The Society of Motion Picture and Television Engineers (SMPTE), the worldwide leader in motion-imaging standards and education for the communications, media, entertainment, and technology industries, today announced the creation of a new technology committee, TC-25CSS, dedicated to cinema sound.
The committee will work to update SMPTE standards and recommended practices to address opportunities created by the many technical advances since standards last were created, as well as to improve the quality and consistency of cinema sound.
"Improvements in measurement technology, digital sound delivery, and in sound reproduction equipment, as well as the greater detail and dynamic range of movie soundtracks, present a variety of challenges in providing quality cinema sound," said Brian Vessa, executive director of digital audio mastering at Sony Pictures Entertainment and chair of the new SMPTE committee.
"Existing SMPTE standards and recommended practices help to minimize variations, but cinema sound quality today is highly dependent on the skill, talent, training, and hearing acuity of the adjusting technician," added Vessa. "TC-25CSS, the first SMPTE technology committee dedicated solely to cinema sound, will explore and standardize new sound measurement techniques with the goal of consistency in sound reproduction between the mixing stage and diverse cinema spaces."
TC-25CSS was formed following an extensive study by the Theater B-Chain Study Group, which conducted tests of current test equipment and methods, measured reference and commercial theaters, and collaborated on observations and results. The committee currently has 130 members, representing more than 90 companies and academic institutions from 14 countries.
"The introduction of Digital Cinema is helping to provide a consistently high quality of image display. Sound is at least as important in the movie theater experience," said Hans Hoffmann, head of production technology for the EBU and SMPTE standards vice president. "The Cinema Sound Systems committee will work to ensure that the latest science and technology are used to allow cinema-goers to enjoy the full impact of the sound experience as created in the mixing room."
As TC-25CSS works to standardize techniques and tools for optimizing sound systems and theater acoustics, the committee will correlate human sound perception with the science of sound reproduction and measurements as the underlying principle. Current activities include development of a recommended practice for measurement and calibration of B-chain sound systems using modern standards and measurement technology, creation of a standard pink noise test signal, a final report on data and findings from the Theater B-Chain Study Group, and work by two new study groups examining immersive audio systems and new electroacoustic measurement methods and target curves.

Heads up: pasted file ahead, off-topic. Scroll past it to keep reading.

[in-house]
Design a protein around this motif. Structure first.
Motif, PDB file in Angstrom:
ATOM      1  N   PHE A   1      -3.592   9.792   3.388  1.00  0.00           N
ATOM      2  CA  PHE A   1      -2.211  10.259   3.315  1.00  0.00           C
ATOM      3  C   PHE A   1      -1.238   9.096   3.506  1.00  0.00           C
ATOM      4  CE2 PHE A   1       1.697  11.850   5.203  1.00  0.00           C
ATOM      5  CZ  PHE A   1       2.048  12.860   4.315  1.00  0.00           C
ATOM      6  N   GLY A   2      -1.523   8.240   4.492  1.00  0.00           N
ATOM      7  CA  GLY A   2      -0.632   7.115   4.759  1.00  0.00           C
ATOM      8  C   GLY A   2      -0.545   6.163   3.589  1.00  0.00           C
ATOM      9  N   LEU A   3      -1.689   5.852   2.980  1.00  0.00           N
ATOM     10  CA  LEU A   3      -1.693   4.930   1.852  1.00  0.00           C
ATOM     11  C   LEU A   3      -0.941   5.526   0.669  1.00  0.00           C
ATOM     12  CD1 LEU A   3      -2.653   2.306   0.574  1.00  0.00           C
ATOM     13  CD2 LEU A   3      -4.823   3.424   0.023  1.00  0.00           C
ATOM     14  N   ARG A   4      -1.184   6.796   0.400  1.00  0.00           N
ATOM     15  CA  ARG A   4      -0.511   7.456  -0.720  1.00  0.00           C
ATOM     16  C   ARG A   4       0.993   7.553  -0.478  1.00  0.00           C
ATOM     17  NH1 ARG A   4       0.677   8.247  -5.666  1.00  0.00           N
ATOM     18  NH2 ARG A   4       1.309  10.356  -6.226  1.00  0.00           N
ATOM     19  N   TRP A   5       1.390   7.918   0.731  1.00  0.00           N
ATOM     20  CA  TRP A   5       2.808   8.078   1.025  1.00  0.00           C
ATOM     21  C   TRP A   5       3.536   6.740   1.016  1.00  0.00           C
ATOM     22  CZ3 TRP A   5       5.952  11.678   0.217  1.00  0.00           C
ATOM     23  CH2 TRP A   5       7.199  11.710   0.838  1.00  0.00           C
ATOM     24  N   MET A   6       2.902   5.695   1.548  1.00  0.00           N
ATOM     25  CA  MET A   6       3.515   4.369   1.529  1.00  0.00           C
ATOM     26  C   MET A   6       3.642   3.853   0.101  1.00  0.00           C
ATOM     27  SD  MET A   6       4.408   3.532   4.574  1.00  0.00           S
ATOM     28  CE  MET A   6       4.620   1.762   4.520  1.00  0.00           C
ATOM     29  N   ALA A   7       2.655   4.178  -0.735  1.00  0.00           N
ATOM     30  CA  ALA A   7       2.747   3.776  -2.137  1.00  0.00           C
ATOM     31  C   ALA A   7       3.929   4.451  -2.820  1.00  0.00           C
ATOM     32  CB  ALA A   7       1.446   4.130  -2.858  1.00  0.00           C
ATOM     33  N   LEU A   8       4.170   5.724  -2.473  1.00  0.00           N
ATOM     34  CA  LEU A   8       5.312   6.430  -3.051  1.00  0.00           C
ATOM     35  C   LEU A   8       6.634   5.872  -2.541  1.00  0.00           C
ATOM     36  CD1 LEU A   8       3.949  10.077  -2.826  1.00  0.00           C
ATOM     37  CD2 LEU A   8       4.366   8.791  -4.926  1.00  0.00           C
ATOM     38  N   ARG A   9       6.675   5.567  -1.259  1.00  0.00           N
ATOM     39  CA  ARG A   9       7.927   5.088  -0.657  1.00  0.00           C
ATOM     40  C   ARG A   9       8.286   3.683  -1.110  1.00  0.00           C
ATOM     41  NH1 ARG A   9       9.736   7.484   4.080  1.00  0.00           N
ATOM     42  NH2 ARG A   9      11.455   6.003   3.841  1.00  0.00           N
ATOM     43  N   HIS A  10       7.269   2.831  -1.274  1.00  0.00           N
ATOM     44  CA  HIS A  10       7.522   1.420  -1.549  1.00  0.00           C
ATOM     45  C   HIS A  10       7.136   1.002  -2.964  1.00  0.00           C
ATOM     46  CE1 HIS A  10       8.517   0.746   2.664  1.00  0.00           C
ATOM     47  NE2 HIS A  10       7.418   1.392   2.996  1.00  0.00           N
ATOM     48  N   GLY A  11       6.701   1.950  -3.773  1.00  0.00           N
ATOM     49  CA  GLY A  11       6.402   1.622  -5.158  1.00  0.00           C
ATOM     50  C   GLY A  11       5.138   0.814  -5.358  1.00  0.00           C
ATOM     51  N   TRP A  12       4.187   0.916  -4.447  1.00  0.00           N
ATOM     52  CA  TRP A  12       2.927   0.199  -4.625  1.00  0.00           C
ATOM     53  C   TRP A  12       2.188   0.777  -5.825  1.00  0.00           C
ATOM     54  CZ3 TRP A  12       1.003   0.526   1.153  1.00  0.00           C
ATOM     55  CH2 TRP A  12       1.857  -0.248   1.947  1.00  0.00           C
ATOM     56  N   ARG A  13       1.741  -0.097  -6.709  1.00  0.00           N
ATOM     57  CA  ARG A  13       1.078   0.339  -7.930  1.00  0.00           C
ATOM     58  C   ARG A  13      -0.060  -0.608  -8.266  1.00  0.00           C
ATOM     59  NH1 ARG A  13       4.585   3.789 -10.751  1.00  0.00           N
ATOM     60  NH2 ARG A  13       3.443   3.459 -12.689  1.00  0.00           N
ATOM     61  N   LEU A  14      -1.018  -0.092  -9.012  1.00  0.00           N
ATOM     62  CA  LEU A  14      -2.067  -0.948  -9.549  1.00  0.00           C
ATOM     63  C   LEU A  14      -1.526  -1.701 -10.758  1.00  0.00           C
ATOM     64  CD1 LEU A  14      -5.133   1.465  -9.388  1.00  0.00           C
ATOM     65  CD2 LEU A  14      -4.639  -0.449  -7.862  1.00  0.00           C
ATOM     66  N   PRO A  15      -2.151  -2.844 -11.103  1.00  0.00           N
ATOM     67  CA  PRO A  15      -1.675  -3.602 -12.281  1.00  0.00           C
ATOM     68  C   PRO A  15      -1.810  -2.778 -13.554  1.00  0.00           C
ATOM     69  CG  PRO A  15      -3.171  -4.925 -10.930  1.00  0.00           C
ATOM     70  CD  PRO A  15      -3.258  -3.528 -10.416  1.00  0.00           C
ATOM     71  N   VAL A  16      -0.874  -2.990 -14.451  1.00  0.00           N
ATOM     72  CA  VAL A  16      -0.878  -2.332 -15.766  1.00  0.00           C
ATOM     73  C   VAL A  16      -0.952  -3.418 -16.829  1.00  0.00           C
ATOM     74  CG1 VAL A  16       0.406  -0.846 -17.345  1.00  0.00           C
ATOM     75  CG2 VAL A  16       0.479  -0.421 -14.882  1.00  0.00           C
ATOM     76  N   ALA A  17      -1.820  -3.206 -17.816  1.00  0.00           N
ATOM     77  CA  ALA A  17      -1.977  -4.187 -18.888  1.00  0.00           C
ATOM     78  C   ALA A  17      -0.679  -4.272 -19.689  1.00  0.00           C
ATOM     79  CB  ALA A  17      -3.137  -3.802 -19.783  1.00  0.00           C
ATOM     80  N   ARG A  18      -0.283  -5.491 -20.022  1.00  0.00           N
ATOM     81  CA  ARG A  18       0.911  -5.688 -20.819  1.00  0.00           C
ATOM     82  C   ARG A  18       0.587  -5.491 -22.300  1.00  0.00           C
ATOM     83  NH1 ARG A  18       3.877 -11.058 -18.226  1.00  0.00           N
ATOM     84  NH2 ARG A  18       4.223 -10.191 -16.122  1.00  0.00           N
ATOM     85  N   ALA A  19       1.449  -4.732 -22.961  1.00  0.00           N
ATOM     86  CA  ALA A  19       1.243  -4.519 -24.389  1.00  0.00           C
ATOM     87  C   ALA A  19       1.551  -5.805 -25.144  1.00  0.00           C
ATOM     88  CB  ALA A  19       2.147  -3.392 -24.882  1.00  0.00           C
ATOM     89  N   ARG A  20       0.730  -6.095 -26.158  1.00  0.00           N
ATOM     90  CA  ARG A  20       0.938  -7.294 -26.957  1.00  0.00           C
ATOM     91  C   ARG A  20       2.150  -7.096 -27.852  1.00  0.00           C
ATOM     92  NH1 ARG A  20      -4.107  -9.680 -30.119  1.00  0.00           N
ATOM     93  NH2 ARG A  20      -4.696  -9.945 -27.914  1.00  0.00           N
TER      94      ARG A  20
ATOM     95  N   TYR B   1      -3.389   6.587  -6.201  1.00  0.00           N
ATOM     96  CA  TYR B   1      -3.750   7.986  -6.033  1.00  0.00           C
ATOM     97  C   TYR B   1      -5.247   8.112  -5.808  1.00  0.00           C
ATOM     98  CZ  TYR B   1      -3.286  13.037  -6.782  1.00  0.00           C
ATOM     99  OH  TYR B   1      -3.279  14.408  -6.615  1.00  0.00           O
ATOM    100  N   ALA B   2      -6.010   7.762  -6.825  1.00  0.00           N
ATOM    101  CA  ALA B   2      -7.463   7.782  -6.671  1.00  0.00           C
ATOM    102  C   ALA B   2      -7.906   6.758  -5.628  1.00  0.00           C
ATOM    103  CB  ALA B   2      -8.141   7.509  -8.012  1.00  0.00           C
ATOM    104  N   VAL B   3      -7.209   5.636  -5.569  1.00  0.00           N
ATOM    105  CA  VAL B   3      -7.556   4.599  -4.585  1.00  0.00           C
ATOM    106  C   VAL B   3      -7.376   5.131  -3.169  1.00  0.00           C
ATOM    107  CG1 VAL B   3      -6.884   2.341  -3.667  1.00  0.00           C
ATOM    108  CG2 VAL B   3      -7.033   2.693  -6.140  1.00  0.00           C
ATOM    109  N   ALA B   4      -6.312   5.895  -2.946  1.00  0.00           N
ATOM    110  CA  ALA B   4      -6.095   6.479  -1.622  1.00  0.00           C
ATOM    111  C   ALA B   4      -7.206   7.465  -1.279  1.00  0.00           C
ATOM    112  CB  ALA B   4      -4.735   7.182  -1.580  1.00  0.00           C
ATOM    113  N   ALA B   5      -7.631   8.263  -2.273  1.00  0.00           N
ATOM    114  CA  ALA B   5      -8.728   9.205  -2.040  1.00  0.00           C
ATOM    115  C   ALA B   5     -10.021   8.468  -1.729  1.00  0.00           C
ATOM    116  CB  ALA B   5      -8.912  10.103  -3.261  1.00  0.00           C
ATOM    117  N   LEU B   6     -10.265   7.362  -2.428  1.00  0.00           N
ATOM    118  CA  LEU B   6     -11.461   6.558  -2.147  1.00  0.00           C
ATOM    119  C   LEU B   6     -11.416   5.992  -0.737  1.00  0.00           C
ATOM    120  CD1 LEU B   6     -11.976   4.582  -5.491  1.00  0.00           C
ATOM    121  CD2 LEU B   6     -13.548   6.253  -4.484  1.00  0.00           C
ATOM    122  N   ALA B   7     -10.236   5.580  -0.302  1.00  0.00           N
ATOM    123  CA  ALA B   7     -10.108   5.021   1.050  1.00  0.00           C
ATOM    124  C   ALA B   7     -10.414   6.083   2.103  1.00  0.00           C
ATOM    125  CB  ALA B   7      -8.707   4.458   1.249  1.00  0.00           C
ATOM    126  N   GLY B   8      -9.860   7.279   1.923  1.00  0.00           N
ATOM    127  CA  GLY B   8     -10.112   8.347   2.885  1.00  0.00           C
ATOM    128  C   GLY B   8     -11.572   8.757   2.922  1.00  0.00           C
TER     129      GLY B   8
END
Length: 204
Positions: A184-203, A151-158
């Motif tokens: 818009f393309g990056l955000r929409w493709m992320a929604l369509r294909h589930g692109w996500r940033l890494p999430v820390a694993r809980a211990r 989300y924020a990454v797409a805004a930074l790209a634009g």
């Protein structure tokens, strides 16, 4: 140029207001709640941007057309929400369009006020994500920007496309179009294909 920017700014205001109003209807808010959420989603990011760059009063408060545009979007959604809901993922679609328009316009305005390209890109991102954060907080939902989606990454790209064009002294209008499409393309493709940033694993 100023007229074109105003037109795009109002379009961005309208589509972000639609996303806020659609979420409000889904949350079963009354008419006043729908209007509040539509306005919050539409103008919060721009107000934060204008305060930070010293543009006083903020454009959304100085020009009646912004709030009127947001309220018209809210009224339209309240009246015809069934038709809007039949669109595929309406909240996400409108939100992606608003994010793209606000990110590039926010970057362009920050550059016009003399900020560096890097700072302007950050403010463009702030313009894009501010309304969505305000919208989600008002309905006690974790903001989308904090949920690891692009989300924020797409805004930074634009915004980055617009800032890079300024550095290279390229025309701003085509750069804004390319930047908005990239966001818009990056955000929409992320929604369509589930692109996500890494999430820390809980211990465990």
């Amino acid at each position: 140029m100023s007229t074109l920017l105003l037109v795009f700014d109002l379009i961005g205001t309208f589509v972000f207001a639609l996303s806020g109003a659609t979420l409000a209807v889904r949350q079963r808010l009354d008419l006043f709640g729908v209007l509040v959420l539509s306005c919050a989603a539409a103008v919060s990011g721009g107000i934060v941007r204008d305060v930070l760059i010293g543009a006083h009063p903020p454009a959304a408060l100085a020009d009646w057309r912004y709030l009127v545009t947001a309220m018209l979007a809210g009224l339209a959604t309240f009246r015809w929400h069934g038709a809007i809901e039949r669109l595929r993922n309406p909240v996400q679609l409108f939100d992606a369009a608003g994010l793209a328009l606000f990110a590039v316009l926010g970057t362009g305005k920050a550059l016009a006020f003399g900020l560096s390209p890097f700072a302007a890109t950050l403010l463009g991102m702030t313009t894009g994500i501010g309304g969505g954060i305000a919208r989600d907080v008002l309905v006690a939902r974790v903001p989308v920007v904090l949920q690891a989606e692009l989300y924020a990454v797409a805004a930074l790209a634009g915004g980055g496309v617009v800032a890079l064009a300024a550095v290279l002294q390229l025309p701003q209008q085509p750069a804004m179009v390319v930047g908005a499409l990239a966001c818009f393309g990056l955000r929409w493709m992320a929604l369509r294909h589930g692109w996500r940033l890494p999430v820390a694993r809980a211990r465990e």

"This is the first time since the late '70s that cinema sound has been addressed in depth," said Mark F. Collins, director of projection technology for Marcus Theatres. "Over the past three decades, we've seen huge changes in audio technology, and our hope is that, through the work of the new SMPTE technology committee and its subcommittees, the tools used to measure audio signals will be brought into tune with today's technology. With signal-testing tools that support very consistent audio quality throughout the industry, cinema owners can provide very good presentations and assure movie creators that what's being reproduced in the field is consistent with the studio mix."
In the upcoming SMPTE Standards Webcast "Cinema Sound Systems — Raising the Bar Through New Standards," scheduled for March 12, Vessa will discuss topics including current SMPTE standards, the new committee's work, and the impact of new and emerging immersive cinema sound systems on the standards-creation process. The webcast is free and open to all. Those interested in registering may do so at www.smpte.org/education/standards-webcasts